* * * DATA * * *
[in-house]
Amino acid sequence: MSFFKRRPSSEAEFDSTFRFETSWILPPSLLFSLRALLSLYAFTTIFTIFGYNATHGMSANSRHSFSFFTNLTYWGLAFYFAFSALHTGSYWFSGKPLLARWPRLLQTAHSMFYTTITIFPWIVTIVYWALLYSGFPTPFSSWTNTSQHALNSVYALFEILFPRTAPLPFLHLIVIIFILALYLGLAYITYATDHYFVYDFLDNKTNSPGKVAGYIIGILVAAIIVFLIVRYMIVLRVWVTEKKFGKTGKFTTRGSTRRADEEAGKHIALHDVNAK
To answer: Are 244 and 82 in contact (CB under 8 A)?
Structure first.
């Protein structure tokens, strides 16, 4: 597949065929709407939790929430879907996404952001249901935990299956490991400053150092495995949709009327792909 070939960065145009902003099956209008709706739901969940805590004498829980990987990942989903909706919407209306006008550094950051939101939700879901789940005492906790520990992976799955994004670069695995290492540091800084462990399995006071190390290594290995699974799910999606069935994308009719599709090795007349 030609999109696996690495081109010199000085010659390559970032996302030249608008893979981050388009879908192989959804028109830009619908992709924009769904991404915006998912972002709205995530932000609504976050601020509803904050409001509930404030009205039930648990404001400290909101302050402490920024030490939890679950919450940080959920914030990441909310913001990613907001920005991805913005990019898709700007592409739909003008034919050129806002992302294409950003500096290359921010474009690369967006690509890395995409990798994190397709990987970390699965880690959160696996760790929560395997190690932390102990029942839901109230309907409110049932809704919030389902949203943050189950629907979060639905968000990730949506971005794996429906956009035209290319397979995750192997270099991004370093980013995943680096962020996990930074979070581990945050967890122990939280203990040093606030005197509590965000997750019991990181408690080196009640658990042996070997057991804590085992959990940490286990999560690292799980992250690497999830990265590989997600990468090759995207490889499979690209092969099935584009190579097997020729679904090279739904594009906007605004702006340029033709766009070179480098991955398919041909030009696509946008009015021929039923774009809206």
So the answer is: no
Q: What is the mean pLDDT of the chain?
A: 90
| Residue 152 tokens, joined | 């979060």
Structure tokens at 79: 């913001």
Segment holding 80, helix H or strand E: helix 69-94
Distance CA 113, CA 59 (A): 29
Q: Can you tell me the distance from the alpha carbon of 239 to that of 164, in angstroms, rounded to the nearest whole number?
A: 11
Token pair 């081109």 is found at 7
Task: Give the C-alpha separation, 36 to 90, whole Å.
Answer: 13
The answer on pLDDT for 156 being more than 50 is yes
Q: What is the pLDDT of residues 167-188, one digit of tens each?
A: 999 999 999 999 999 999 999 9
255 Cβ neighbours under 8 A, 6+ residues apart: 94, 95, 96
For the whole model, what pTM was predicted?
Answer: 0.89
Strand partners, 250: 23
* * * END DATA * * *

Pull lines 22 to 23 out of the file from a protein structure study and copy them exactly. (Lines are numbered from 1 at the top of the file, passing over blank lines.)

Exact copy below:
For the whole model, what pTM was predicted?
Answer: 0.89